Google has announced it will be providing its Google Fiber broadband service to public housing residents in Kansas City, where they had initially launched the service in 2011. This will be the same type of free-service that Google has already provided to the low-income residents of Austin, TX but faster than the sub-1Gbps connection that was provided. This move puts Google at the forefront of progressive “broadband for all” movement, blurring the much-debated line that defines internet access as a luxury or a needed utility.
Google has made a huge effort to push this as being much more than a move than to generate good publicity for the company. “For low-income families, access to the Internet can mean the difference between thriving or falling behind,” Dennis Kish, VP of Google Fiber, recently stated in a blog post. Dennis is right on the money, as internet access is rapidly becoming a necessity in today’s world of ubiquitous computing. Though it is still possible to pay bills, manage finances and handle other personal issues through “analog” methods, these methods will be phased out as devices that connect to the internet become more readily available and inexpensive. This will inevitably leave those without access to the internet or the knowledge of how to utilize it (typically the disadvantaged and the elderly) in the dust. Promoting free internet access will bridge this inevitable gap, as well as bring even more of the USA’s population into the digital age. This also eases the costs of agencies and organizations that have to spend funds on maintaining analog operations for their clients.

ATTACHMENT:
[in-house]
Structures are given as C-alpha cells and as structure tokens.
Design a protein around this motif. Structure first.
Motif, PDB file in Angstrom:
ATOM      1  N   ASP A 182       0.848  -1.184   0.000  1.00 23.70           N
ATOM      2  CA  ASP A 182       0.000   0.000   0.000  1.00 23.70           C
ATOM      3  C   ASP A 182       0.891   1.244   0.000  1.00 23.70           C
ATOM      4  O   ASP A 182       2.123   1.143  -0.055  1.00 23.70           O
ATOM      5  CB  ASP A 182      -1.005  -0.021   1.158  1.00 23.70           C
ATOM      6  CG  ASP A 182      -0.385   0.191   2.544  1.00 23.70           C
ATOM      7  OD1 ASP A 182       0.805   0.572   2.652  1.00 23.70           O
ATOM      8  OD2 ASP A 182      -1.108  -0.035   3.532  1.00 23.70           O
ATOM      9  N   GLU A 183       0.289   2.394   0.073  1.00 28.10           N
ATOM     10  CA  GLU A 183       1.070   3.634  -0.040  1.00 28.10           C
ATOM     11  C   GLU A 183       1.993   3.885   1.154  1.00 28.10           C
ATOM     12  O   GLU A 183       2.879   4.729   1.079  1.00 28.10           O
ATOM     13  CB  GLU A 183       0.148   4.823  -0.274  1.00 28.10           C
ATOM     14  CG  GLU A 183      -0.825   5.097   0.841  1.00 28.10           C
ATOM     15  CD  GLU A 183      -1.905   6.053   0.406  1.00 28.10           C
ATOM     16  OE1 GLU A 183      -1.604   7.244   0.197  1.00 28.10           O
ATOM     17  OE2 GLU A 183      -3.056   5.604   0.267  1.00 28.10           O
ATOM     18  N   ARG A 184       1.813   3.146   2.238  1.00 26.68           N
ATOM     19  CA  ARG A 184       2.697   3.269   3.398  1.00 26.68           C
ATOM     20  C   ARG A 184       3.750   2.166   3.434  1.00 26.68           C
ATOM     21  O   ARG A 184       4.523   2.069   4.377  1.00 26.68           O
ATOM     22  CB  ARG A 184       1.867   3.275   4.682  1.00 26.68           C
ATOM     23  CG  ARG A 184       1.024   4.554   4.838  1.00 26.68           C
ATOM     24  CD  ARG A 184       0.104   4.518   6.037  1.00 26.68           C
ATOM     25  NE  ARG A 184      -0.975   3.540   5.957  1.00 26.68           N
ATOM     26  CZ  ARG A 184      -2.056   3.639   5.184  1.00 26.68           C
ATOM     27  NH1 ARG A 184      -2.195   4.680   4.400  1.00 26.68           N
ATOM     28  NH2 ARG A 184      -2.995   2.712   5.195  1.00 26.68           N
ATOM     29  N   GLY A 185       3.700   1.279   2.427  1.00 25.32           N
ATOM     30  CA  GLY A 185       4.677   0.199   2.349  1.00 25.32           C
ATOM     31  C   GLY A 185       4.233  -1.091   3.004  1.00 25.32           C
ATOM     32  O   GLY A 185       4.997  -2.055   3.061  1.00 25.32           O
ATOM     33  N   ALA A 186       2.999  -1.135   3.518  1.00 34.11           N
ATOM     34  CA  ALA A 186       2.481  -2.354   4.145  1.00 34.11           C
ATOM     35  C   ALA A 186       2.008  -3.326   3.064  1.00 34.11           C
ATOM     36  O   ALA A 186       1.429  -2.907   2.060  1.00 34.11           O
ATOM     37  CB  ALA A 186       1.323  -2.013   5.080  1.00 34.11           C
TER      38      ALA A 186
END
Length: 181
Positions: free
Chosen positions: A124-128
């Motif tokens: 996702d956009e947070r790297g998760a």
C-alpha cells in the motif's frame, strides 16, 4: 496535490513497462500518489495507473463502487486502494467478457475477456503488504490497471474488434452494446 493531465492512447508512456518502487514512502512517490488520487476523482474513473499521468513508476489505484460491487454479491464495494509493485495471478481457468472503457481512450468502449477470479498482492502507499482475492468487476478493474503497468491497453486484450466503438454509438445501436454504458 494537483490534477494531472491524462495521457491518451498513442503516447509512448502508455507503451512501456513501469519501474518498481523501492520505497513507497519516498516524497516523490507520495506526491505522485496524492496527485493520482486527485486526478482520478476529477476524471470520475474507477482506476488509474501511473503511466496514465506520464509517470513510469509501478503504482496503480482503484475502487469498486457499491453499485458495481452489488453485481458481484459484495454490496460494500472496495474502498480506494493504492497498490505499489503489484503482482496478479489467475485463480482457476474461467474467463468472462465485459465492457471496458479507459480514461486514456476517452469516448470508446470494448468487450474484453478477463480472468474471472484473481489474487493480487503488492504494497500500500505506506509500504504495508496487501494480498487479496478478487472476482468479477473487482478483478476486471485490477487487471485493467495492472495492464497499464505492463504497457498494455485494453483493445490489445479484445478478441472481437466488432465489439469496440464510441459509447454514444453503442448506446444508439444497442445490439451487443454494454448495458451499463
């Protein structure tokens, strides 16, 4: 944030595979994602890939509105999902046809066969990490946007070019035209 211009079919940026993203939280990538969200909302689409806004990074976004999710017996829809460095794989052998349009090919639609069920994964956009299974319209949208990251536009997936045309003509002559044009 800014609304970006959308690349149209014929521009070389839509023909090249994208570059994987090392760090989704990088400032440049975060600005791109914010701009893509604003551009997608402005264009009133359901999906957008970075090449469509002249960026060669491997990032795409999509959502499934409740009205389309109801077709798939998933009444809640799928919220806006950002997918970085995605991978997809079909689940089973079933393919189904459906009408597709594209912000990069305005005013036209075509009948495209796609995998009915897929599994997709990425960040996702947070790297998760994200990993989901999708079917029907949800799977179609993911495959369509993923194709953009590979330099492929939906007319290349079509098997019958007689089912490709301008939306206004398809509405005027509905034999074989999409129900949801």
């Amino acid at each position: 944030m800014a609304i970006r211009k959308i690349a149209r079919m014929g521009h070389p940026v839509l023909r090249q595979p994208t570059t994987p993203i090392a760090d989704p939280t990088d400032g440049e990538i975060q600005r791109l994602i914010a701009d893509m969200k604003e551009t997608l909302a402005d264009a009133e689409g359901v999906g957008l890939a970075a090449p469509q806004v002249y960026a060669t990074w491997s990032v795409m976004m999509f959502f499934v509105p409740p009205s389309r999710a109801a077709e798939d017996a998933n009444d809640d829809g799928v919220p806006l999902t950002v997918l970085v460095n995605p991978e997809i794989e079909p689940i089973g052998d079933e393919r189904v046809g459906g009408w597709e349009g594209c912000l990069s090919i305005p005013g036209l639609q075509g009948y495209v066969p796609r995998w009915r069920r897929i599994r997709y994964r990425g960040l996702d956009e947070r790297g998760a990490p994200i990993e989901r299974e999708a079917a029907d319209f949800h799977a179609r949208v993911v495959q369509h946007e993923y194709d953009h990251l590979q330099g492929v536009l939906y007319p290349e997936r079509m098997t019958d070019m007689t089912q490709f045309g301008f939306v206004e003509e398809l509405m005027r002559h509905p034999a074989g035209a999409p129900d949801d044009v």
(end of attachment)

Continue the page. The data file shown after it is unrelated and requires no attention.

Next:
Making good on their promise to provide free high-speed internet to low income families, Google is working in accordance to the promises made when they signed on to President Obama’s ConnectHome plan, which is set to provide nearly 300,000 low income citizens with high-speed internet access. Their announcement to provide 1Gbps in speed actually goes beyond their original commitment to the plan, which is a welcome surprise. Though this seems excessive for the typical internet user, this will serve as a springboard for other companies to reference when they provide a similar service. Aiming high instead of starting low ensures that future trailblazers in providing this service make sure that all recipients have access to a speedy, stable connection.
Google’s move to provide residents with blazing-fast internet access is a sign of progression. Though the fight to properly classify internet access as a necessary utility rages on, seeing initiatives such as these come to fruition will result in other companies following suit. Once it is seen that providing internet access at a low cost (or no cost at all) is an effective process with little loss, we could see an entirely connected USA within decades (ending the Midwest “internet desert” in effect, if not sooner. Lets hope that this trend continues to grow and expand.